Red Hat’s new CEO aims to maintain stability while leaving his mark on the company

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red hat announced new CEO last month when he promoted 16-year veteran Matt Hicks, who has been running for weeks now. His predecessor Paul Cormier, resigned to take over as chairman.

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Such a transition is never easy, but Hicks has Cormier, his longtime mentor, to lean on. Red Hat reins. In his new role, Hicks must balance reassuring customers and employees that the company’s leadership will be stable, moving it forward, and making his own mark.

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For the most part, Hicks said he would continue the same way as Cormier. IBM allowed Red Hat will be independent for the most part ever since buying it for $34 billion in 2018. IBM sells Red Hat’s services to leverage its sales influence, but Red Hat remains independent with many partners outside of IBM.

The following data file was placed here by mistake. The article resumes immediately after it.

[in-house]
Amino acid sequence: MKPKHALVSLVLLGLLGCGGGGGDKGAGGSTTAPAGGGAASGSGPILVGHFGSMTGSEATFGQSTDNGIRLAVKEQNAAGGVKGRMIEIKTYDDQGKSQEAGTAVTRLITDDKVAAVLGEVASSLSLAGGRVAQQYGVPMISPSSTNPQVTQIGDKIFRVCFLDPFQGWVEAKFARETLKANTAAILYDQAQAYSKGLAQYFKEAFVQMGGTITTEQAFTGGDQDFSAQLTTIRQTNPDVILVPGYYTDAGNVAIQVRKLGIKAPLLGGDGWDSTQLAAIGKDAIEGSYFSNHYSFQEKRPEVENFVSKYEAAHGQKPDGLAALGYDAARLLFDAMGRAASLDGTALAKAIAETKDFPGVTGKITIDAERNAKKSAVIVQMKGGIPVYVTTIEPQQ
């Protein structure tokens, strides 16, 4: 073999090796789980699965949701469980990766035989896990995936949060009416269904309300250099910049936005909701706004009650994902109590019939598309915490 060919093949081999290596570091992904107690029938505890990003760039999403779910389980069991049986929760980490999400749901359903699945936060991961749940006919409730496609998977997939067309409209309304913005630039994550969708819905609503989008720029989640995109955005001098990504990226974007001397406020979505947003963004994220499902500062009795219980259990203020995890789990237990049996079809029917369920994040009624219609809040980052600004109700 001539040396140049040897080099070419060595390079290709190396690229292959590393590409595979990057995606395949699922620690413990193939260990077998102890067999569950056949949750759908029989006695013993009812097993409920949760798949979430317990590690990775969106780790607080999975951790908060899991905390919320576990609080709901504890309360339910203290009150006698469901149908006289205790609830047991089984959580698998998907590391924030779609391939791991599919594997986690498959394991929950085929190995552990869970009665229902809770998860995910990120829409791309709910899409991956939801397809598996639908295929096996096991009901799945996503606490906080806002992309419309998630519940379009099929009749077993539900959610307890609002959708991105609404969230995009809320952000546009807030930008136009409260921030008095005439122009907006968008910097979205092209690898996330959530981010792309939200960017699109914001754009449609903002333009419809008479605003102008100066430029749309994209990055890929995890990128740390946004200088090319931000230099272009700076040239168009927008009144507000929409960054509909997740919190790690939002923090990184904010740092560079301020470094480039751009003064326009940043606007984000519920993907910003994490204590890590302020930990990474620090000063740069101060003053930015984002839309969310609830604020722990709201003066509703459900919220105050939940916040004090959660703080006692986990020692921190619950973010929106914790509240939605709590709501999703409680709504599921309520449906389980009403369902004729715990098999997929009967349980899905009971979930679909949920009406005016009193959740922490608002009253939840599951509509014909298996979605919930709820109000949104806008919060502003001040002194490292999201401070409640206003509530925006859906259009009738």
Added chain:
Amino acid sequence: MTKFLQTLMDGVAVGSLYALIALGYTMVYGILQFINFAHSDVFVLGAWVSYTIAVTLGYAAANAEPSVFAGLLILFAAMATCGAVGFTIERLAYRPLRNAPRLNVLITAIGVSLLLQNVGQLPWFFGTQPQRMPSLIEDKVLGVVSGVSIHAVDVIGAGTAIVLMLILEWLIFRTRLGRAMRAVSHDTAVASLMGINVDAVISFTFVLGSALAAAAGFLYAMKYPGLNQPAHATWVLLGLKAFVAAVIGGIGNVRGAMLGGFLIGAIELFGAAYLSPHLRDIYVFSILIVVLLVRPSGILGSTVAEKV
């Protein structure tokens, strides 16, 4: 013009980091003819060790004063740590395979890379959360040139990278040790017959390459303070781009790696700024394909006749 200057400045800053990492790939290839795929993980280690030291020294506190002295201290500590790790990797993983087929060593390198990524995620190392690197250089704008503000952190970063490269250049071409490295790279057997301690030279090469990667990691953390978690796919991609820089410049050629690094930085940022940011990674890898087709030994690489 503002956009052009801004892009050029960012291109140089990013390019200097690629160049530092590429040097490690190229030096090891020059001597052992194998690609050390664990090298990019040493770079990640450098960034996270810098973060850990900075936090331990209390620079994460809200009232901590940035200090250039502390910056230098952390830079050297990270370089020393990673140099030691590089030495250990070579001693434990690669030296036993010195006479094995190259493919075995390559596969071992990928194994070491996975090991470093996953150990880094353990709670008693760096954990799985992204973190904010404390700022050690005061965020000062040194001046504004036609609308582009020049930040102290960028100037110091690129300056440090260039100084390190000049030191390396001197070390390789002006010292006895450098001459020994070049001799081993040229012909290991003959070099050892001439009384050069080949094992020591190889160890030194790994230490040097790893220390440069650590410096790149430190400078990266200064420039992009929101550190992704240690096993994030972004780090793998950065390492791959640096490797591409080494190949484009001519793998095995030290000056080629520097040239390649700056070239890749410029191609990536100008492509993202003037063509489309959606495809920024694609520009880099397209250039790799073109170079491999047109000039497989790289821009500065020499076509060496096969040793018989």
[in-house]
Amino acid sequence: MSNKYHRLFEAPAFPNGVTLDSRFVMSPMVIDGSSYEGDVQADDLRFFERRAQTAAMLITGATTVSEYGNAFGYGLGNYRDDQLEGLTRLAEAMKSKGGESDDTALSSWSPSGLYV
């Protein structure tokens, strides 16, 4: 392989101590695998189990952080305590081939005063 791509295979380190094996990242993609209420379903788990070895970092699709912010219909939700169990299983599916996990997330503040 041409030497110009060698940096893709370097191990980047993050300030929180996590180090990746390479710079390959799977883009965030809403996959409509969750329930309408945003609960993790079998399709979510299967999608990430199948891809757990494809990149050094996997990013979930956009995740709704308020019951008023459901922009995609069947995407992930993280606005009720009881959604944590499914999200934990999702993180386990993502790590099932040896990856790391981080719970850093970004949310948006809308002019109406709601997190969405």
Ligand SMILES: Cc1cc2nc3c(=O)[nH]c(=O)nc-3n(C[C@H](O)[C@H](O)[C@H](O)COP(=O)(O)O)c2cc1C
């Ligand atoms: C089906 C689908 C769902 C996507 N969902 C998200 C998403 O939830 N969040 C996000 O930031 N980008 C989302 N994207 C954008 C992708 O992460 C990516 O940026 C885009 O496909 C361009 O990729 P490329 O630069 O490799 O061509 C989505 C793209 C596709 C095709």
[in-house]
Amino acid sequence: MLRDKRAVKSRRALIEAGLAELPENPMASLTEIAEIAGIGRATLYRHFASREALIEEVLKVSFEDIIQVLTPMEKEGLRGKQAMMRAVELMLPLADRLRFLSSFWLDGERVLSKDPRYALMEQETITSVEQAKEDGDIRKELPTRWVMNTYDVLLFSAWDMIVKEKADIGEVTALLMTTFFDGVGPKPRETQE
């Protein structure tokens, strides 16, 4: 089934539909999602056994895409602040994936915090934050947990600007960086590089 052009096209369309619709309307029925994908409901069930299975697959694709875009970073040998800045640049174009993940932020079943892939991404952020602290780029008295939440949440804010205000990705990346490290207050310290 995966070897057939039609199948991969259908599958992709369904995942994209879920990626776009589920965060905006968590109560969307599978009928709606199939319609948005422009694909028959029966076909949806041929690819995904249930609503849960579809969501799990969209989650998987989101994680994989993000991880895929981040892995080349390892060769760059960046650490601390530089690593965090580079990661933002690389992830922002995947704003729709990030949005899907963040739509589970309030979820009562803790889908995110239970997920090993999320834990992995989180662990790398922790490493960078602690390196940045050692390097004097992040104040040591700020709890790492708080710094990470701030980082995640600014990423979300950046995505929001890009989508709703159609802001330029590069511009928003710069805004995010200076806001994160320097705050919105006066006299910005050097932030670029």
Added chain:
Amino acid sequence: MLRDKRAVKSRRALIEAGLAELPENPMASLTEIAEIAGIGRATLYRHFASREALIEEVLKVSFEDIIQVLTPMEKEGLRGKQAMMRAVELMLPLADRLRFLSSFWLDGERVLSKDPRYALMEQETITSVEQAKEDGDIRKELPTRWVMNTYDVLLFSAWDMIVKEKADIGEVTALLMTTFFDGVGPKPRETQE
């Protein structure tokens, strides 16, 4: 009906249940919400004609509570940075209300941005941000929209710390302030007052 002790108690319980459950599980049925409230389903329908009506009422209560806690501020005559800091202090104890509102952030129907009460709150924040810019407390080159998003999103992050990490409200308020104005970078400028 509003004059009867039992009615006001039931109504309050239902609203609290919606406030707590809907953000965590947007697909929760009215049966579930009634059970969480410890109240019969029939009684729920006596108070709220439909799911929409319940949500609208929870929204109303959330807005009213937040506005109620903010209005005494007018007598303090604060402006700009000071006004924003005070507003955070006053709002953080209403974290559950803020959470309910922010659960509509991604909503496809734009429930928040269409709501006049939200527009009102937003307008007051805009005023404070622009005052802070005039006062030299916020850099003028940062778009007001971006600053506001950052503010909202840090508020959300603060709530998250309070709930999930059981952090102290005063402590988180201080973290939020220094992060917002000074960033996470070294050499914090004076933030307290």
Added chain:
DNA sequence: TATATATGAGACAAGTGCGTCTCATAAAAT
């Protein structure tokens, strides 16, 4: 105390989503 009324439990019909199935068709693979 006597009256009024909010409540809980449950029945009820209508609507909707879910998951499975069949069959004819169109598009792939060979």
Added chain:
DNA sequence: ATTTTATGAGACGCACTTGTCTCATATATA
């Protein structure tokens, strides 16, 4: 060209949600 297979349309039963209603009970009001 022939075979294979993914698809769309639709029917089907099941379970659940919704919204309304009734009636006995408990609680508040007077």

As Cormier told me about his relationship with IBM CEO Arvind Krishna in May interview: “The way Arvind characterizes Red Hat is that IBM will have its say on Red Hat, but it can’t work the other way around. This means that IBM has completely standardized Red Hat as [company’s] hybrid platform,” said Cormier.

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Under Cormier, Red Hat helped IBM back to growth after a long period of stagnation. Big Blue revenue up 9% in their latest earnings report last month. Red Hat grew 12% and was a major contributor to IBM’s growth strategy.

Hicks must keep this going by leading Red Hat where it wants to go next. I recently spoke with him about the transition to a new position and what it means for all parties involved, from customers and employees to the IBM parent company.


Credit: techcrunch.com /

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